There’s something that you do that’s not about creating, launching and monetizing and that is a podcast that is called Failed Dinner Conversations. I want to talk about that a little bit because people are going to start having a conversation. They’re going to get their family together and inevitably something’s going to go wrong or something’s going to happen. Tell us about that one. I’m excited because I love the way that you’re putting this together.

It’s funny. We make it out of the holidays either scarred more or regretting that we even said yes to go to this dinner. Easter’s a finicky one too because you’ve got people that are like, ”It’s Easter, it’s all about the bunny.” You have some families that, “It’s Easter, it’s all about God and Jesus.” Now, you’re having a conversation about religion and the people that don’t believe it. All these dinner conversations are crazy. What I absolutely love about the show is that it highlights people’s failed dinner conversations. I have all of the stories from Thanksgiving and Christmas and maybe even New Years’. What I love is that people go to Christmas dinner with their significant other’s family and they say, “Let’s get married or whatever.” Everybody’s happy and I’m waiting for the person to go, “I don’t think so. Not right now. “

You had this whole thing planned out like you’re in the park and it’s nice and we get the Christmas lights and you pop the question and she’s like, “We agreed to talk. I need to talk to you.” He goes, “I need to talk to you too.” You’re like, “This is going to be great.” In the movies, here’s how it goes, “I need to talk to you.” “I need to talk to you too.” “I’ll meet you there.” We’re meeting there. We try to talk over each other. “No, you go.” “No, you got it.” “Let me go first.” “Please let me go first.” “I want to marry you.” She’s like, “I was going to break up with you.” That’s what we talk about, epic fail.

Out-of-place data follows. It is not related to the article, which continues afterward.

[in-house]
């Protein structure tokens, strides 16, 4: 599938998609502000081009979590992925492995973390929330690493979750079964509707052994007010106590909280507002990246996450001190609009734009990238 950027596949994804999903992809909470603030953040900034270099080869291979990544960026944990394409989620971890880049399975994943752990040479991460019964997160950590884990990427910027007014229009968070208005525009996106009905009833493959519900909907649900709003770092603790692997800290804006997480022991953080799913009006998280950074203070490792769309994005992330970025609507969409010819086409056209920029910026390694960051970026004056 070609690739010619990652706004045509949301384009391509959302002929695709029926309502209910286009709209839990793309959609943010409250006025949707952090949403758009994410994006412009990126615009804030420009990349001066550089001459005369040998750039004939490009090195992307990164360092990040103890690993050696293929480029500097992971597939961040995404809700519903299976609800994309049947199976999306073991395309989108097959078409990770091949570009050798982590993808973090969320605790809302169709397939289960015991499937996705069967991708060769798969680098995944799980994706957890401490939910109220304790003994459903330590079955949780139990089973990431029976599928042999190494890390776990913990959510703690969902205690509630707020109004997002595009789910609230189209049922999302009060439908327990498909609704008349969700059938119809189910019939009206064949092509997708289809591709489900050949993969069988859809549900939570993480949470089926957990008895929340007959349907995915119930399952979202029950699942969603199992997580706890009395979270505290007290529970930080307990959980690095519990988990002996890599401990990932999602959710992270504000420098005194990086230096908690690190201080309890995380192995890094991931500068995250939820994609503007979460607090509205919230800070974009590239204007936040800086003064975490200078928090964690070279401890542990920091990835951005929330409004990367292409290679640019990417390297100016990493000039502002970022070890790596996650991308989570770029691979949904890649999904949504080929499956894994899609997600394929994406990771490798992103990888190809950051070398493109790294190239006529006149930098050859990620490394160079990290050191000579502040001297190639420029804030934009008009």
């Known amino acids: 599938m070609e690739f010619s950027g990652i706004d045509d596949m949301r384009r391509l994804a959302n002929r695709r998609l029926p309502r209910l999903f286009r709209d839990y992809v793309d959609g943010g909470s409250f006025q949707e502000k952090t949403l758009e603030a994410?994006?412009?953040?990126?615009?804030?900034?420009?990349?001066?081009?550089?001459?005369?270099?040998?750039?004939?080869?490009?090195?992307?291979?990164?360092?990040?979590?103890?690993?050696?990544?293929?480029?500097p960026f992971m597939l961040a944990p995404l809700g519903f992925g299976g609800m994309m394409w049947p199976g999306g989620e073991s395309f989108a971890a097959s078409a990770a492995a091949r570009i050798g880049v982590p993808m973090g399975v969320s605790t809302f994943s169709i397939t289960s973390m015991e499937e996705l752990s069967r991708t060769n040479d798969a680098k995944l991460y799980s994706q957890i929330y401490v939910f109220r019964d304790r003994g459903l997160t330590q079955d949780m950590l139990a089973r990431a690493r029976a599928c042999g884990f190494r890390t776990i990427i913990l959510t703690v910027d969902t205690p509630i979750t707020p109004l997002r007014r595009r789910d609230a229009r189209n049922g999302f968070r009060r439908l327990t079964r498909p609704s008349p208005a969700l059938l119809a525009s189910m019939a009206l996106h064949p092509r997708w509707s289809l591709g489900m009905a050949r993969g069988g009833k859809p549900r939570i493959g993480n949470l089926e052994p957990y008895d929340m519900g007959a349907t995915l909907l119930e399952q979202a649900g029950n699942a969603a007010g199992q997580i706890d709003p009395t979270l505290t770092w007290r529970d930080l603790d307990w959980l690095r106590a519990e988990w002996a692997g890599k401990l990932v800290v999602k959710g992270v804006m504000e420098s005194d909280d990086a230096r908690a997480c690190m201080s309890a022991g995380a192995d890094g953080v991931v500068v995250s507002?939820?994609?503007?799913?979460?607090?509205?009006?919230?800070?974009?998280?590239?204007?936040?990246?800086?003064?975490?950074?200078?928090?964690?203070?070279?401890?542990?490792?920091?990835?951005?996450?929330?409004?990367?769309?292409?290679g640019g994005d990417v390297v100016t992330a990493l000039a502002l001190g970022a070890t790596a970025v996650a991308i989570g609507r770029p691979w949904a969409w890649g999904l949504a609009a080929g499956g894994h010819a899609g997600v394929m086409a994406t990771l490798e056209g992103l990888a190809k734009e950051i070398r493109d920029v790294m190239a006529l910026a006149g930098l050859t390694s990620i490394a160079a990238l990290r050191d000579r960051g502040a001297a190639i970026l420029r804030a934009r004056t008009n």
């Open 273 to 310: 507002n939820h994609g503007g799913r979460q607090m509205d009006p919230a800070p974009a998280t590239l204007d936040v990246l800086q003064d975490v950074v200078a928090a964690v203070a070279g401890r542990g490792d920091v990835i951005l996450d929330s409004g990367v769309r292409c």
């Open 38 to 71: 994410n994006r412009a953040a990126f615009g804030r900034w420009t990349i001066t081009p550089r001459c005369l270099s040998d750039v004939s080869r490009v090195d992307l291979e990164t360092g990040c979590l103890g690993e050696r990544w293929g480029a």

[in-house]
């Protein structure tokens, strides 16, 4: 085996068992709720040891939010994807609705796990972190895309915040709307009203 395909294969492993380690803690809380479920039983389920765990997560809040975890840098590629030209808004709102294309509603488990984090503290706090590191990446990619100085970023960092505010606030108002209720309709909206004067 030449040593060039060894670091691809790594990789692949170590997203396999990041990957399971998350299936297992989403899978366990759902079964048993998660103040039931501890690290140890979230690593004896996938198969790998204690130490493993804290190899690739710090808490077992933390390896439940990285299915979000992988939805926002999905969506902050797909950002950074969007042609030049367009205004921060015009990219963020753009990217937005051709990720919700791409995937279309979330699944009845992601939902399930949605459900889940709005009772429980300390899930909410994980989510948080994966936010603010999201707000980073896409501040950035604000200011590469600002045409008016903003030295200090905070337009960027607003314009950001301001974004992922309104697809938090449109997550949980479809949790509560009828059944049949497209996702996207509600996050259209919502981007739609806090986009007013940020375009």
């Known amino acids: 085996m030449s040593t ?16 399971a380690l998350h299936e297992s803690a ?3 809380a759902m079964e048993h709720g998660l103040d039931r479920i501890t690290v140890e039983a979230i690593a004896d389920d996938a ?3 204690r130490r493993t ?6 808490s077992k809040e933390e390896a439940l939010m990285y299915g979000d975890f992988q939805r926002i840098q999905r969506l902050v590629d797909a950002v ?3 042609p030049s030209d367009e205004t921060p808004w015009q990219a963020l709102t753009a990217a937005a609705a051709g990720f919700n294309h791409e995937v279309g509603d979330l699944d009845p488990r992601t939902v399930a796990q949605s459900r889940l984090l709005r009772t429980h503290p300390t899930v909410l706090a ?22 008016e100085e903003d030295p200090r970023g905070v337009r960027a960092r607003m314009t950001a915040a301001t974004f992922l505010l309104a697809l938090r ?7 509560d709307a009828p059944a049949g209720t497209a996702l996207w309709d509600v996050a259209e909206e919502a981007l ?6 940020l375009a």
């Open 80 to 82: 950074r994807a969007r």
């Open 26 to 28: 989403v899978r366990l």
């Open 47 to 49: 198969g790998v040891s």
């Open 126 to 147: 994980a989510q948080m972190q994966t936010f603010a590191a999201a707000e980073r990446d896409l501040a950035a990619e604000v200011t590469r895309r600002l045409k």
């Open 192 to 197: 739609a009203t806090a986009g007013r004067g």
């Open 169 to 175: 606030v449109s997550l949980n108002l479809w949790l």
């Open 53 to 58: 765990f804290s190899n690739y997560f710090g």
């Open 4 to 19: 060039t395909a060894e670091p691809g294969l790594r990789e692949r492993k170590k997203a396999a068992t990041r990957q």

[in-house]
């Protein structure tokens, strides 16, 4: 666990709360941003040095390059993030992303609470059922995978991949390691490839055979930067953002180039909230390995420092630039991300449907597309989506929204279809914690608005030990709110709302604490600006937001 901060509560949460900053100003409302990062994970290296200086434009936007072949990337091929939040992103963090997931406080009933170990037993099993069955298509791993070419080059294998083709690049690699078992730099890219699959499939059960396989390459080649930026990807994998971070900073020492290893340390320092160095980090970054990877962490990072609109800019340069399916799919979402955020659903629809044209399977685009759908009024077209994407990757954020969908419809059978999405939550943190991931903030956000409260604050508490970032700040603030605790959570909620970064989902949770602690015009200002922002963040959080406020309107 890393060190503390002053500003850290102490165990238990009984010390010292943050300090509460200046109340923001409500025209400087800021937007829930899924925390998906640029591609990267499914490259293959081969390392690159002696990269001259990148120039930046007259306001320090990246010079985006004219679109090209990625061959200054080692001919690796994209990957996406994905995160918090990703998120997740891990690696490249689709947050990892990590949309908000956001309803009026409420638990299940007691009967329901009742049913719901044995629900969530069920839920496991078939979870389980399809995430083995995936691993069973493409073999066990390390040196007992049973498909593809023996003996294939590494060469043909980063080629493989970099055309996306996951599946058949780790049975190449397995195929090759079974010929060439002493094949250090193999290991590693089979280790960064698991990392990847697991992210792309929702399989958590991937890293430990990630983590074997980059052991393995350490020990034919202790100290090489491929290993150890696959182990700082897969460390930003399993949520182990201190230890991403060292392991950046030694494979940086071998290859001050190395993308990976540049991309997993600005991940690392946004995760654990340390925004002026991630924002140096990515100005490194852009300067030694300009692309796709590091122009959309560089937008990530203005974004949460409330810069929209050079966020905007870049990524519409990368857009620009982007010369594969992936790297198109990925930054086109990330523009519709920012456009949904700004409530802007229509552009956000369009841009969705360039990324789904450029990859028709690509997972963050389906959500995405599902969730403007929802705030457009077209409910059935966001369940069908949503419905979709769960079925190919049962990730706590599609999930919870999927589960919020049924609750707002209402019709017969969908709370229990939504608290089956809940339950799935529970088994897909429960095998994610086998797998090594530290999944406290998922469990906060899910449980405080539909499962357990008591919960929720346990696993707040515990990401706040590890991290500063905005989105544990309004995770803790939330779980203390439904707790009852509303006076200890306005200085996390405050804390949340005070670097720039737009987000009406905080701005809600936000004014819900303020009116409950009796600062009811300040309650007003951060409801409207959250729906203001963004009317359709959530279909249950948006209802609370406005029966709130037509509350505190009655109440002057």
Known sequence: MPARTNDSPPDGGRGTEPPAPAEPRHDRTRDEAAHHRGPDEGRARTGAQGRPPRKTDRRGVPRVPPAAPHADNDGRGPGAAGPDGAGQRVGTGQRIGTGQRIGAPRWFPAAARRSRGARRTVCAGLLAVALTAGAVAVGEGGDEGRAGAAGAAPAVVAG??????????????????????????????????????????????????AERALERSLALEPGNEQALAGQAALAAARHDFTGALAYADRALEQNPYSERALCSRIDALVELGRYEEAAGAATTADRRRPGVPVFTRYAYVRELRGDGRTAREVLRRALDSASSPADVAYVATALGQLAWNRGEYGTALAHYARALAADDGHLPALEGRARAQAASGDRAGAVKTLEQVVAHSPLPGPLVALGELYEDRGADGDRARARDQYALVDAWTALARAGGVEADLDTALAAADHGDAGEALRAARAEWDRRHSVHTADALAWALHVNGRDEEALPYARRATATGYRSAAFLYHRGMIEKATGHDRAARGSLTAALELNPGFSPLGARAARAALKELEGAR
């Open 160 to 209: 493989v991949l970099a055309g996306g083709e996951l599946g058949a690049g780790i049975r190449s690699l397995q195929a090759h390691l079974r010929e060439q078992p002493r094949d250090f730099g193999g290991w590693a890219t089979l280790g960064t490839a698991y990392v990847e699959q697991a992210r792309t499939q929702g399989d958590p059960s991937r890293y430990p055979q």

It’s like that for divorce too, “I want to talk to you. This isn’t working. I’m moving on. I fell in love with somebody else.” What you end up talking about too is that in our family, what I perceive as a failed conversation is that every single meal, when I get my two kids together and their significant others. Every time that we’re together for any meal, it’s not even a holiday, it’s just dinner. It always goes to sex. I’m sitting there and I go, “Does this have to go that way again?” Someone makes some off comment or, “That’s what she said.” That has to come up. I’ll say something and someone will go, “That’s what she said.” I go, “Here we go again.”